A racy content creator has refused to apologise after fans accused her of “promoting rape”.
Belle Delphine, 21, know as the “gamer girl”, has garnered a huge following after posting raunchy snaps and videos online.
However, she was recently criticised for a set of kidnap role-play Twitter posts where she captioned the four photos: “My perfect first date
The photos – most of which are too explicit to publish – showed the content creator dressed in a light blue, floral dress with tape over her mouth and her hands tied up behind her back, The Sun reports.
She was not wearing underwear.
Rope was tied around the woman’s ankles, wrists and arms while she engaged in a sex act against a tree with a masked man dressed in black.
The 21-year-old – a YouTuber and cosplayer – began trending on Twitter as fans accused her of “promoting rape”.
One social media user wrote: “Something about Belle Delphine dressing up as a small child and wearing baby clothes and playing with kids toys while also participating and promoting hardcore kinks such as kidnap and rape links just knocks me f***ing sick.
“Sorry but this sh*t should NOT be normalised.”
Another added: “How is Belle Delphine not permabanned? She literally posted a pretend child rape photo shoot and all her stans are hyping it up and praising it.
“Twitter safety sucks, someone promoting child rape should be a more suspensible offence than spamming edits.”
‘I’M NOT SORRY’
But the YouTuber refused to apologise, posting yet another snap with the caption: “I’m not sorry, here’s why.”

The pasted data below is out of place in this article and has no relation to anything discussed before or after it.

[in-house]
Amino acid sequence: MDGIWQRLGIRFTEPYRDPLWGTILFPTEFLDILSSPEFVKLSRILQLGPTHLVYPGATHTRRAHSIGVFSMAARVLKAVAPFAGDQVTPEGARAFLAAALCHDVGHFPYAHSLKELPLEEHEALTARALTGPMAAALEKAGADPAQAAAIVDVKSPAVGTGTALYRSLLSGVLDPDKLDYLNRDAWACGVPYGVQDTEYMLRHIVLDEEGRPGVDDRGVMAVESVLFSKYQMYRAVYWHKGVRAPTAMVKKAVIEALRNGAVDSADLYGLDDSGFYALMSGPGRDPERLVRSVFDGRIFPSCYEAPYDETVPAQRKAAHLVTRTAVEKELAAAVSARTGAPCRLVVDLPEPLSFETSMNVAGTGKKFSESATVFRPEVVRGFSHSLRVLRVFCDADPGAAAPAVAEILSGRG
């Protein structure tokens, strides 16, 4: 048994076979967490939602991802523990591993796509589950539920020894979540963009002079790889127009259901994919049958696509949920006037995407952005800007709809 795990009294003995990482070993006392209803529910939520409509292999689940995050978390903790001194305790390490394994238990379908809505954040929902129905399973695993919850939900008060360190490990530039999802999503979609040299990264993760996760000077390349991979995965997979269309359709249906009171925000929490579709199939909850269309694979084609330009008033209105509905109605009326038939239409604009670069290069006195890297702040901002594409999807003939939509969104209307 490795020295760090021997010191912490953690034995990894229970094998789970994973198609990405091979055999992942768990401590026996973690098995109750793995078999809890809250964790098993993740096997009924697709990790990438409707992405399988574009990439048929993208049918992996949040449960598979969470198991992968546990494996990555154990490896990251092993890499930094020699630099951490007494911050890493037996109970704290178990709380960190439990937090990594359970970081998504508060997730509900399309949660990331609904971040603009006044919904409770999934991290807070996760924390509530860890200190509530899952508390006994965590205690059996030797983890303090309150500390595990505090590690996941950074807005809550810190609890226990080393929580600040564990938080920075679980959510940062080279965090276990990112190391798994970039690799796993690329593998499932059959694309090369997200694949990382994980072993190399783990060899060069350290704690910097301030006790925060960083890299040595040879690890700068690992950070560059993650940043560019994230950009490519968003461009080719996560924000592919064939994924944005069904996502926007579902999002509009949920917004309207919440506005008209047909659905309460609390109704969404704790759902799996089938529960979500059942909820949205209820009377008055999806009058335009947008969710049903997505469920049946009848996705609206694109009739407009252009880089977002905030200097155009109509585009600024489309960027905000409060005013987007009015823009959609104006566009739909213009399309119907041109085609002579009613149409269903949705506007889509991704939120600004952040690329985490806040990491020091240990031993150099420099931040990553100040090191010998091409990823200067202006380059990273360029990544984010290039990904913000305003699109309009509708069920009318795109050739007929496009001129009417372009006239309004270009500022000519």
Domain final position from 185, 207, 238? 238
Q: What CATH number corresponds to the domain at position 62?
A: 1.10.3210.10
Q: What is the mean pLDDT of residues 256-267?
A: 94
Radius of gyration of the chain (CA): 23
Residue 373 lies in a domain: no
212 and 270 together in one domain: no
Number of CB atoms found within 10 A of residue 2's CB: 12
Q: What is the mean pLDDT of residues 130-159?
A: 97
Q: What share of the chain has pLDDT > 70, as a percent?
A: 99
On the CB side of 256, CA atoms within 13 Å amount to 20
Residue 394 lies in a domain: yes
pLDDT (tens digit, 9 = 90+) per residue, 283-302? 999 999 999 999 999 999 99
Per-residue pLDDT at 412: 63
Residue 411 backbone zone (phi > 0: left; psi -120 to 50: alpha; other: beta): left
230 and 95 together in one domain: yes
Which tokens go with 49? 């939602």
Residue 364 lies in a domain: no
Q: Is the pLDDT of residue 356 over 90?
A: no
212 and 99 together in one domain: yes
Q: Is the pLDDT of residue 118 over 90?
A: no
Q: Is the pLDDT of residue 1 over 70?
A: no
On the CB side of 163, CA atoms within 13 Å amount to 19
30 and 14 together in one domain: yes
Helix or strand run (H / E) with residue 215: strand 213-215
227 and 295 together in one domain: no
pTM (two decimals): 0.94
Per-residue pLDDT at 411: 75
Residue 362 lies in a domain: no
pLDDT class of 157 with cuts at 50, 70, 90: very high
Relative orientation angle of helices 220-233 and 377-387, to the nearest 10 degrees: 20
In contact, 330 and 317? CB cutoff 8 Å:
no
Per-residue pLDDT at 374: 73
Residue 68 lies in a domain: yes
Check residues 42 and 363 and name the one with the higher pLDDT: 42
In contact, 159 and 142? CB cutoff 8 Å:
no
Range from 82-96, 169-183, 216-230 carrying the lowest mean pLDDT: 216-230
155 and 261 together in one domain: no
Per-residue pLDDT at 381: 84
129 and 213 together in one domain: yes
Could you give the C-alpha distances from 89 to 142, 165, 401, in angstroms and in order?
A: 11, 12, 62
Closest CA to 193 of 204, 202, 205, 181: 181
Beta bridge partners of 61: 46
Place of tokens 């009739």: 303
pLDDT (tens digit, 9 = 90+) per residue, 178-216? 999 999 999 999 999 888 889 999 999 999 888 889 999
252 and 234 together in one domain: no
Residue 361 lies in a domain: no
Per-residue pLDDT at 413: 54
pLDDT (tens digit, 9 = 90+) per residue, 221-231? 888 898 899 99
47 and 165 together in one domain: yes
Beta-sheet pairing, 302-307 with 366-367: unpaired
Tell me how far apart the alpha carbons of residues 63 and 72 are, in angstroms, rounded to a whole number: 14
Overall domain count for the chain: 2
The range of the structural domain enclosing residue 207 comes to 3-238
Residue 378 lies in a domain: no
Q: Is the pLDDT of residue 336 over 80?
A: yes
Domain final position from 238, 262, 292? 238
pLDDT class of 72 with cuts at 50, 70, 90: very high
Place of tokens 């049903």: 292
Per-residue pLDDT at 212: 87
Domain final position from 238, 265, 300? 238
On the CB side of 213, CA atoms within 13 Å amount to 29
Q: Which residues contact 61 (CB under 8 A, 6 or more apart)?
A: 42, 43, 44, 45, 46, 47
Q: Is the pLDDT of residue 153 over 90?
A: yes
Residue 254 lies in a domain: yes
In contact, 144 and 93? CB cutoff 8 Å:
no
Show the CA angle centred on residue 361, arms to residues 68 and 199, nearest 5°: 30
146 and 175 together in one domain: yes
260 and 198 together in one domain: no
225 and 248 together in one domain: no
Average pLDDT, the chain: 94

She accompanied the snap with a screenshot of a lengthy explanation.
It read: “There is nothing wrong with enjoying powerplay and BDSM where both people are consensual.
“I think saying because I enjoy consensual non-consent is promoting rape, is the same as the argument that violence in video games promotes violence.”
Belle also expressed how she thought it was “insane” that critics said she dressed as a child and insisted she never said the word rape.
“I felt like dressing vintage that day and even styled my hair in a beehive that was very common for women of that time,” she said.
“All the clothes I wear are made for adults, so the only thing that people can comment on maybe is the fact I’m wearing a cute dress?
“It’s very confusing for me since I see other people dress like it all the time; if it’s about how I genetically look I can’t change that and I will not apologise for it either.
“Nor will I stop being sexual since I am a sexually active adult.”
Delphine made her name on Instagram where she had 3.8 million followers before she was booted off the platform in 2019 for violating its community guidelines.
She continues to post lewd interpretations of anime and video game characters on her other social media channels.
In 2019, she infamously sold vials of her own bath water.
She allegedly sold 500 jars on her online store, charging “thirsty gamers boys”, as she put it, $40-a-pop.
As well as selling bath water, she makes money selling posters of some of those poses through her online store – as well as a mousemat featuring an anime-style drawing of herself.
Delphine also has over 700 “patrons” on crowd-funding site Patreon.
There some users can simply offer support for under $2-a-month – but for about $7-a-month users can pay for “cute and sometimes weird selfies”, as well as behind-the-scenes access to photo shoots.
Those willing to shell out a bit more get “access to lewd HD photosets” or access to her “personal” Snapchat, described as her “naughtiest” social media account.
The most expensive option is around $3500-a-month, for which the rewards are not specified.
Delphine also has an account on OnlyFans, a pay-monthly service popular among amateur porn stars and sex workers.
In December, she told YouTube star Logan Paul that she makes $1 million every month on the site.
“I think, we’re all, the main people on OnlyFans, roughly about the same,” she said, speaking on Paul’s Impaulsive podcast.
“And at the moment it’s like $1 mil a month.”
Delphine has been contacted for comment by The Sun Online.
This article originally appeared on The Sun and was reproduced with permission